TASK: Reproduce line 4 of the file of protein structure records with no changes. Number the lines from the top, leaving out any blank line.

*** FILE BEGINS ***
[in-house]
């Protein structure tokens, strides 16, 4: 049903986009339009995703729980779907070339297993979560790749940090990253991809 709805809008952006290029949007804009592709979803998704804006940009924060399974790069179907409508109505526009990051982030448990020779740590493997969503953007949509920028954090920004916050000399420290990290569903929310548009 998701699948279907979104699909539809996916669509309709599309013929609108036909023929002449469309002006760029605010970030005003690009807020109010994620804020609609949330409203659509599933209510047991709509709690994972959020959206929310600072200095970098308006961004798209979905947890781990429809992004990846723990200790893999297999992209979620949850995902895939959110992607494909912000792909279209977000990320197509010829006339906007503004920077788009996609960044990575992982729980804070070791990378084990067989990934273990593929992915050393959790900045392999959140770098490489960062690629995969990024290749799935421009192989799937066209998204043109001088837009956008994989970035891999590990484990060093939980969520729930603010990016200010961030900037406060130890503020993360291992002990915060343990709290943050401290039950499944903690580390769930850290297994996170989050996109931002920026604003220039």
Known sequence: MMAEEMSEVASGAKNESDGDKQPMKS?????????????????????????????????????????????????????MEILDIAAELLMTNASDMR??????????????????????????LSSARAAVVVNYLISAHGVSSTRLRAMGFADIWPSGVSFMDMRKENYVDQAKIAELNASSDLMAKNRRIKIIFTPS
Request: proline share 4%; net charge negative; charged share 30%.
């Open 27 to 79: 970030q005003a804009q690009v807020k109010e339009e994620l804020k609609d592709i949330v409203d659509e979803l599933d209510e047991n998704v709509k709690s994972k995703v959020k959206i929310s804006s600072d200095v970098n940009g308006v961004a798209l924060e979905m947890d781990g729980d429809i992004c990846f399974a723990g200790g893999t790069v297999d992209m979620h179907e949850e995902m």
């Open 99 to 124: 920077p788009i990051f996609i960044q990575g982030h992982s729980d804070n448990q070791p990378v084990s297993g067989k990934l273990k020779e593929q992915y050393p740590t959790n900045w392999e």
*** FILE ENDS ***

Request: proline share 4%; net charge negative; charged share 30%.